With so many opportunities to follow friends around online, how will you ever know where to start first?
When you dig into the Michigan countryside and this water wonderland, you’ll find a wide variety of treasures that are all encompasing and awe inspiring. Across the Upper Peninsula leading up to Lake Superior, there are miles and miles of roads through the woods. When we got to the wedding, my Aunt’s asked if I’d ever seen so many trees. In the middle off all that lush green forest, sits a rushing copper colored river and the second largest volume falls in the Eastern United States, the Tahquamenon falls.
The falls are beautiful with tons of pounds of water gushing over the cliff every second of the day. The water color varies but is mostly copper brown and gold shades. (What a great contrast to the crystal clear sky blue colors of Lake Superior.) I read on a sign at the park that the coloration of the water in the falls is due to tannis from the surrounding cedar trees. When we visited the falls, the DNR personnel were very friendly and knowledgable about the river and surrounding areas.
I remember when I visited the park as a child a dirt parking lot connected to a nice set of trails, stairs and boardwalk viewing platforms. It was nice, but not the bustling park that we encountered this past June. When we arrived, I noticed the newly paved parking lot along with a paved trail system. Sitting just off the “State” land is the expansive “Camp 33” which houses a restaurant, brewery, snacks stand, along with a t-shirt shop. After hiking around sweating and swatting at the flies, we both thought a nice beet was a handsome reward. It’s quite a bit overgrown in comparison to my memory… However, the falls are still the same size.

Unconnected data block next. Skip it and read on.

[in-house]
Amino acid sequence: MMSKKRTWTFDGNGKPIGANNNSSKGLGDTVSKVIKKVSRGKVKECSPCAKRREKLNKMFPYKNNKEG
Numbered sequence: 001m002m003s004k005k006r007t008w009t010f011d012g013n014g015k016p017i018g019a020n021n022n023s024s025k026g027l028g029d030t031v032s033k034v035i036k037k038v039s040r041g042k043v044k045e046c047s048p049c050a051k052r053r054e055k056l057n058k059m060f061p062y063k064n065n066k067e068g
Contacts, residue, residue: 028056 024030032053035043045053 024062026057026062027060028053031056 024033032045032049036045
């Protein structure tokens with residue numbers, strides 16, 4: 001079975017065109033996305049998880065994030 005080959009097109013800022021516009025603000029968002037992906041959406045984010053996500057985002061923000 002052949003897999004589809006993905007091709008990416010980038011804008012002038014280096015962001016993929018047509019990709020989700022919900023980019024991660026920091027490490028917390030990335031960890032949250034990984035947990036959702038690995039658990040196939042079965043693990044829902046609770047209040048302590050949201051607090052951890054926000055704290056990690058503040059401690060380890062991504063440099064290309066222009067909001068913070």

If you have a chance, please make sure you book enough time to also visit the section called the Lower Tahquamenon Falls where you can dip your toes in the water if it’s hot enough.
Pictured Rocks National Lakeshore is an amazing free public park located in Michgan’s Upper Peninsula on the Lake Superior shores. Every place we went we drove and hiked for free! Each area of the park we visted had plenty of parking, bathrooms (most with running water), and even drinking fountains. Many of the parks that sat along the lakeshore had picnic tables, fire pits and also small charcoal grills. We could have easily set up a small picnic for the day and grilled out at the beach as opposed to paying to eat at that restaurant. (I should have read the reviews.)
When we were in Munising, we stopped at this little kitschy joint to have a bite to eat called the Dogpatch. From the outside it looked a little cutesy, but I thought it had potential. Inside was a bored unfriendly waitress and an equally lackluster serve yourself soup and salad bar. The salad fixings were appropriately fresh though. The sandwich menu descriptions required more imagination to write than concocting the actual ingredients for the sandwich. Either way, it was a satisfactory simple meal. Nothing to write home about.
We continued on M-58 until we reached Miners Castle Road. There we turned in and stopped to take a picture at the parks enterence. It’s something that typical tourists do and we can’t resist when we’re out and about. 🙂
First place we went was to the very end of the road where the actual famed Castle Rock point juts out over Lake Superior. The different colors blue and green of the fresh lakewater and the layers of different minerals that make up the browns in the cliffs are amazing.